xmlns:og='http://ogp.me/ns#' World Toddler: Grandparents, Graffiti, and Rabbit Soup



Wednesday, April 13, 2016

Grandparents, Graffiti, and Rabbit Soup

Valparaiso, Chile
Arriving in Valparaiso, Chile, we were excited to get lost among different streets, to taste new flavors, and, most importantly, to meet up with Nolan's parents, who would be joining us for this next segment of our trip.  After a six hour bus ride over the Andes Mountains, a two hour flight to Santiago, and a 1 hour drive north to Valparaiso, we were thrilled to find people we know and love--and who would babysit.
Grandma and Grandpa (Carol and Shawn) with Sydney at Vina del Mar

The colorful town of Valparaiso was built into 42 steep hills surrounding the city’s port.  High up in one of these hills, we found our 2 bedroom apartment, which we had rented off of Booking.com.  Our floor-to-ceiling panoramic city view came at a price: 104 stairs to get from our lodging to anywhere else.  Sydney’s grandparents were troopers, trudging right along as we climbed our way around this whimsical city. 

Climb to our Apartment

We began our stay in Valparaiso with a free walking tour, for which travelers are asked only to tip their guides at the end of the day.  Hiking up and down the city’s winding staircases, we learned why the houses of this city hang so precariously off the hillsides and why street art covers nearly every wall surface. 

Founded in the 16th century, our guide began, Valparaiso did not reach its economic height until the second half of the 19th century, when Gold Rushers used the city as a pit stop on their way from Europe to California.  During that time, the port area, the only flat section of the city, was developed by wealthy Europeans, who modelled their mansions and businesses after the European architecture with which they were familiar.  These 19th century buildings still decorate downtown Valparaiso, but, as result of subsequent economic decline and frequent earthquakes, are cracked, browning shells of their former selves. 
What's for lunch? Rabbit soup.

As wealthy Europeans moved into the port, local Chileans and others hoping to benefit from the burgeoning economy, were forced to build their own homes into the steep hills surrounding the port.  Our tour guide, a 25 year old native-Chilean, explained that people painted their houses with whatever paint was left over from their ship-building jobs.  While ship building is no longer a major industry here, the tradition of painting houses in vibrant colors has continued to the present day and is the reason for Valparaiso’s colorful skyline.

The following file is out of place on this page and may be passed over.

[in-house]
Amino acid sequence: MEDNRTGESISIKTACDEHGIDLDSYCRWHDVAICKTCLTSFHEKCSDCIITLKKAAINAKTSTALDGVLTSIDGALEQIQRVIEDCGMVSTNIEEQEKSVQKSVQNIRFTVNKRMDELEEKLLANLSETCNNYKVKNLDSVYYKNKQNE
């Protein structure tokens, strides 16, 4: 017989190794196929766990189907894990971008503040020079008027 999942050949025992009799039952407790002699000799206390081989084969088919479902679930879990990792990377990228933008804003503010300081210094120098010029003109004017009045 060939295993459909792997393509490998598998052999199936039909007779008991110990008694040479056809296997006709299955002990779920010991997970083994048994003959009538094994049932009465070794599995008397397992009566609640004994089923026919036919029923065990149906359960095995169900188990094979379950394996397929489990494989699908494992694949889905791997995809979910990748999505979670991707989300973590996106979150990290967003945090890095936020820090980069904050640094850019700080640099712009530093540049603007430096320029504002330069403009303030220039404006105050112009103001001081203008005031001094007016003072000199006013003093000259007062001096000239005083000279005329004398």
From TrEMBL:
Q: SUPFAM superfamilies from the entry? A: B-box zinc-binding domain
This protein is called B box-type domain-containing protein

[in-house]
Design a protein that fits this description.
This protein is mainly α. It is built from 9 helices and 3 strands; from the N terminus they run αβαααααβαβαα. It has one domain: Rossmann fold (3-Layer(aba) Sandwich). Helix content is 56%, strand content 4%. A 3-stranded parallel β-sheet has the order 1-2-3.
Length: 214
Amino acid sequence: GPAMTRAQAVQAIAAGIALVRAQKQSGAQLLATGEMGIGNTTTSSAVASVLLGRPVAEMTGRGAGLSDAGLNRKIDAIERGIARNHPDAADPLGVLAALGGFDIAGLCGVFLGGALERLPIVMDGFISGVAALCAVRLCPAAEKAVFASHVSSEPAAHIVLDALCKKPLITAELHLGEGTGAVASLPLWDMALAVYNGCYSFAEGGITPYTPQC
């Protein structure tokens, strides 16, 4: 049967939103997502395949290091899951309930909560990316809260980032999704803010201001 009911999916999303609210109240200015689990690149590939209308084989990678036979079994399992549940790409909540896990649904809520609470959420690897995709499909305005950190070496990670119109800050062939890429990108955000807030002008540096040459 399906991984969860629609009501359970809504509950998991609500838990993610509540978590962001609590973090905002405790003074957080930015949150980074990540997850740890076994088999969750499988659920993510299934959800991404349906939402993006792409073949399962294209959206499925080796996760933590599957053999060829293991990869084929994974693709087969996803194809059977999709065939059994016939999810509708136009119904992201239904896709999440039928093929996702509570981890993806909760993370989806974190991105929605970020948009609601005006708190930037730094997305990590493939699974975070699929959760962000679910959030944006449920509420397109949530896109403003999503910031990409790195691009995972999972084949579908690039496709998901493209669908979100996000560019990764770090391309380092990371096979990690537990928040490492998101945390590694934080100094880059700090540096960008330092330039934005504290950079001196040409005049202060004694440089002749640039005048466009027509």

With Sydney still thumping along on Nolan’s back, we then learned about the dark cloud of Chile’s recent past, General Augusto Pinochet’s military dictatorship, which began 1970.  During this time artistic expression was banned.  When Pinochet left power in 1990, Valparaiso artists celebrated their newfound freedom on the streets.  Since this time, Valparaiso has been a haven for street artists. The city formally invites artists to paint certain public spaces, and private houses and restaurants commission outdoor murals.  With so much street art, the entire city is one enormous, ever-evolving art gallery. 

Street (and Garbage Truck) Art

We spent the rest of our time in Valparaiso admiring street art and exploring the city’s nooks and crannies, where we found fine fish restaurants, children's fairs, and quirky clothing shops.  
Fair in Plaza Sotomayor

We wound our way through Mercado El Cardonal, the city's longest continuously running food market, where bins of Kibbles & Bits sit directly beside bags of cooking herbs, reaffirming the value of a rudimentary knowledge of the local language.

With four extra hands to help out, Nolan and I were able to enjoy time alone together for the first time in almost a month. Eating dinner alone with Nolan was a real luxury after having traveled solo for so many weeks. 

Our final night together, we raised our glasses of pisco sours

(Chile’s national drink…see recipe below), and thanked Sydney’s grandparents for coming all the way to South America from Denver, Colorado to join us on our world adventure.  The next morning, grandma and grandpa dropped Nolan, Sydney, and me off at the airport, where we checked-in for the next segment of our world adventure: a 14 hour flight to Australia. 

Pisco Sour
Serves 4 people

Ice cubes
3 parts Pisco
1 part lemon juice
1  egg white
1 part sugar syrup

1. Fill a cocktail shaker with large ice cubes.  Then add the pisco, lemon juice, egg white, and sugar syrup. Shake vigorously for 60 seconds or until most of the ice has dissolved and the beverage is foamy.
2. Pour into champagne flutes and top with the frothy foam.

1 comment:

  1. What a beautiful place. I love the street art. Glad Carol and Shawn got to meet you there!! Thanks for sharing your trip with us!! Aunty Barb